The significant and sustained growth of the audiobook category, led by digital downloads, has been a familiar headline for a few years now. According to the most recent data from the Association of American Publishers’s StatShot program, sales of downloaded audio through the first three quarters of 2016 grew 29.6% compared to the same period in 2015, and in November 2016 sales of digital audiobooks were up 47.2% over the previous November. The Audio Publishers Association is awaiting the compiled results of its latest consumer and sales surveys, which are due to be released next month. But the 2015 APA findings showed audiobook sales were 20.7% higher than in the previous year, part of a string of year-to-year increases since 2011.

As the demand for, and supply of, audio content increases, so too does the workload of the people producing and marketing that content. How have audio departments been meeting that challenge? PW spoke with audio publishers at several of the larger traditional publishing houses to see how staff size and responsibilities have been evolving.

For audio publishers across the board, the growing popularity of digital downloads has sparked a sharp increase in title output and variety. But surprisingly, most companies report that head counts have not necessarily reflected that same uptick.

Anthony Goff, senior v-p of content development and audio publisher at Hachette Book Group, notes: “Things have changed dramatically: we are producing so many more books and so many more kinds of books. Our staff, however has stayed relatively the same.” Goff’s team of 12 will be producing more than 700 titles this year. “When I started here in 2003, we were doing somewhere in the range of 50 to 75 titles a year,” he says.

Hachette has two recording studios and is currently adding a smaller studio in-house. “We’ve picked up a new engineer, and we picked up a producer,” Goff says. “So we’re growing and our staff is growing, but not nearly as much as the title count and the workload, and so everyone is full-on sprinting to make things happen. And it’s really exciting, but you always hope that things don’t fall through the cracks because you have so many things going, so many balls in the air.”

The situation is similar at Simon & Schuster Audio. “We’ve basically tripled the number of titles we publish from four or five years ago,” says president and publisher Chris Lynch. “So as a group, we’ve had to take a hard look at how we do our jobs. We’ve added a couple of production positions to help absorb the increase in titles, but that’s really it in terms of new people.”

Other publishers are responding to the ramp-up in projects by increasing their staff numbers. Amanda D’Acierno, senior v-p and publisher at Penguin Random House Audio, summed up her division’s growth spurt: “In response to the increased demand for audiobooks, our goal is to produce every Penguin Random House title suitable for recording,” she says. “That translates to a 20% increase in our list over last year. After increasing our studio space in both L.A. and New York in late 2014, we’re again expanding our studios here in New York and have hired additional production and operations staff to ensure we have ample resources to produce more than 900 titles this year.”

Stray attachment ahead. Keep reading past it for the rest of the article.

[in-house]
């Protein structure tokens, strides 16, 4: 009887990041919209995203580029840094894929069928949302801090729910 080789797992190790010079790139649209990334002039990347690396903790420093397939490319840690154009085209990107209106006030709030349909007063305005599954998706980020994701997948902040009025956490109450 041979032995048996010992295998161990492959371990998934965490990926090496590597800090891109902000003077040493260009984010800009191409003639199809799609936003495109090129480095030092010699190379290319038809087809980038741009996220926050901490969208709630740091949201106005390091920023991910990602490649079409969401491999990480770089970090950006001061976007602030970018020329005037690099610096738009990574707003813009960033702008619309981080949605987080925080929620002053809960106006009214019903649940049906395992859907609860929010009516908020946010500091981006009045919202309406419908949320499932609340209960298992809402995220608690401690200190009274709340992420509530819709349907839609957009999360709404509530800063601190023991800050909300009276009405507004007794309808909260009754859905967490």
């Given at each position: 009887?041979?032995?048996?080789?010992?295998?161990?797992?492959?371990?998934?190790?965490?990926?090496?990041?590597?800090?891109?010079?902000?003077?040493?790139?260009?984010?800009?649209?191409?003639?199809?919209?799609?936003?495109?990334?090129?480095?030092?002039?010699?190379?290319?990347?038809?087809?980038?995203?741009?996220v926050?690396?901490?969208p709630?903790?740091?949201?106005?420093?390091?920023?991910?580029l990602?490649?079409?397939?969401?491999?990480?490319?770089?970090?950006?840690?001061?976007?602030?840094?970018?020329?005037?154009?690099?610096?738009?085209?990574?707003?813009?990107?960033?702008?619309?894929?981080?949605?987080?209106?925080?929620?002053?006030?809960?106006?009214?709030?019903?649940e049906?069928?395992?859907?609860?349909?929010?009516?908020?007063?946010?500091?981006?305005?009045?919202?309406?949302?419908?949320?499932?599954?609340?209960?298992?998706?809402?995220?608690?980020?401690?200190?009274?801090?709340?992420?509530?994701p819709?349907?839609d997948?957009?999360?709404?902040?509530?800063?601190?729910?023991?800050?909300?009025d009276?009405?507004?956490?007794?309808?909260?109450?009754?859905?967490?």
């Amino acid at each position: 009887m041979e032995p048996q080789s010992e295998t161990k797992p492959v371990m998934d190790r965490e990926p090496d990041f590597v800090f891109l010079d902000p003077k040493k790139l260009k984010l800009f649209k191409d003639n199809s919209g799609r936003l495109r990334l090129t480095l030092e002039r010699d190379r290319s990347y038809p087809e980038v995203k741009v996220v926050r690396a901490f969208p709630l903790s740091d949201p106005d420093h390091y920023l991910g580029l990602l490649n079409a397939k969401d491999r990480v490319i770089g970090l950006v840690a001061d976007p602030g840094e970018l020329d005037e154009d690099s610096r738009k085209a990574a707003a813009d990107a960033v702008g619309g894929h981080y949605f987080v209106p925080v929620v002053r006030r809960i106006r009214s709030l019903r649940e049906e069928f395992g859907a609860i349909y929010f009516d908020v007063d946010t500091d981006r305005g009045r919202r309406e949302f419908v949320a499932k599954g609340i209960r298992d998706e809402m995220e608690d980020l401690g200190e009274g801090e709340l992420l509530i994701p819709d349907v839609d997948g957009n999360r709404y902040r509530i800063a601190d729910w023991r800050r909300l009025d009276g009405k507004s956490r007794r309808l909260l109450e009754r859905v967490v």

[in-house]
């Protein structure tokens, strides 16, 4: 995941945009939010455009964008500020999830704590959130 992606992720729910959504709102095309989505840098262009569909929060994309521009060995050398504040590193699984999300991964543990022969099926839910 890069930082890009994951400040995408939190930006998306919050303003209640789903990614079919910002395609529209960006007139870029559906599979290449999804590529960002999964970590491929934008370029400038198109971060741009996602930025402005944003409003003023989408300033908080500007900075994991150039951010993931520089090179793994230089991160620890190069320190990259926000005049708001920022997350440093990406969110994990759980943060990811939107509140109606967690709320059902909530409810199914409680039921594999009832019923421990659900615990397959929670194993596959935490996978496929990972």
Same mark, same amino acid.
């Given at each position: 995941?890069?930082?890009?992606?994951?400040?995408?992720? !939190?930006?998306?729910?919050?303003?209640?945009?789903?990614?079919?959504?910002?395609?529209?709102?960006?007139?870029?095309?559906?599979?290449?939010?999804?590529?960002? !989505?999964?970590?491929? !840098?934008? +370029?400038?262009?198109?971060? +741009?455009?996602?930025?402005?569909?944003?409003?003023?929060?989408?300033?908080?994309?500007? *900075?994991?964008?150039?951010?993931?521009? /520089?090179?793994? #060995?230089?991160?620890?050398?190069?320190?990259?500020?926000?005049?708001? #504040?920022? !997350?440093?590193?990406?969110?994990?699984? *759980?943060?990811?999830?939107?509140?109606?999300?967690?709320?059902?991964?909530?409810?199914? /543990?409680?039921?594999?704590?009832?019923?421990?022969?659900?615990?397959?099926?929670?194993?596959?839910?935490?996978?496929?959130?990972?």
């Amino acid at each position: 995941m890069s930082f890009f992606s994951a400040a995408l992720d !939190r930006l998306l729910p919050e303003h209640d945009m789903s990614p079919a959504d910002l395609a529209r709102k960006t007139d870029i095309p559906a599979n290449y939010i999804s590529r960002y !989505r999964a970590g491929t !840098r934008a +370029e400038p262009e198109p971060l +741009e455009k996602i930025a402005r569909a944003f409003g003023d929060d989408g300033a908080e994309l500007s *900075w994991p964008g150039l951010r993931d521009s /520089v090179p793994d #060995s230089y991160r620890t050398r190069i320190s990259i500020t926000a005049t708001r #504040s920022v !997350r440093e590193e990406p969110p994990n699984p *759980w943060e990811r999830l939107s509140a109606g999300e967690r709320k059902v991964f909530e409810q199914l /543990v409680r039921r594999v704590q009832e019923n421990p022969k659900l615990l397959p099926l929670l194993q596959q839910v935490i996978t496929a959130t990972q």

Macmillan Audio is looking at an equally robust picture. “We have grown in the number of people, and we’re actually planning to grow again, which is very exciting,” says Mary Beth Roche, president and publisher of Macmillan Audio. “There are 13 of us and I would say by the beginning of summer there will be 16 dedicated solely to audio. The hard part, then, is figuring out where you need the additional resources. If you’re adding more titles, where are the pain points going to be? I’m looking at production, marketing, design, as well as the people who are managing the metadata and making sure that all of that is being optimized.”

In step with the other major publishers we spoke with, Macmillan has an in-house studio. “It’s been fully operational now for a little over a year, and it’s been a huge success,” Roche says. “We’re able to keep it very busy and we use it both for authors and for local talent to come in an use the space here.”

And when it’s warranted by staff, space, or time limitations, most audio publishers have long worked with trusted partners. “We’ve always used a wide array of outside sound engineers and people who do a whole variety of tasks,” says Roche. But, she explains, the completion of all the elements of the recording is still done at Macmillan.

Goff says: “We’re using not only our additional staff but outside firms to help take on some of the production work. We’re recording all over the country simultaneously now, using different partners, different vendors, and employing as many people as we can to keep growing the audio list.”

Audio Leads with Synergy, Innovation

Logic dictates that, as audio departments are producing more titles, they are in turn doing more marketing. And bringing digital titles to market has been a largely digital endeavor.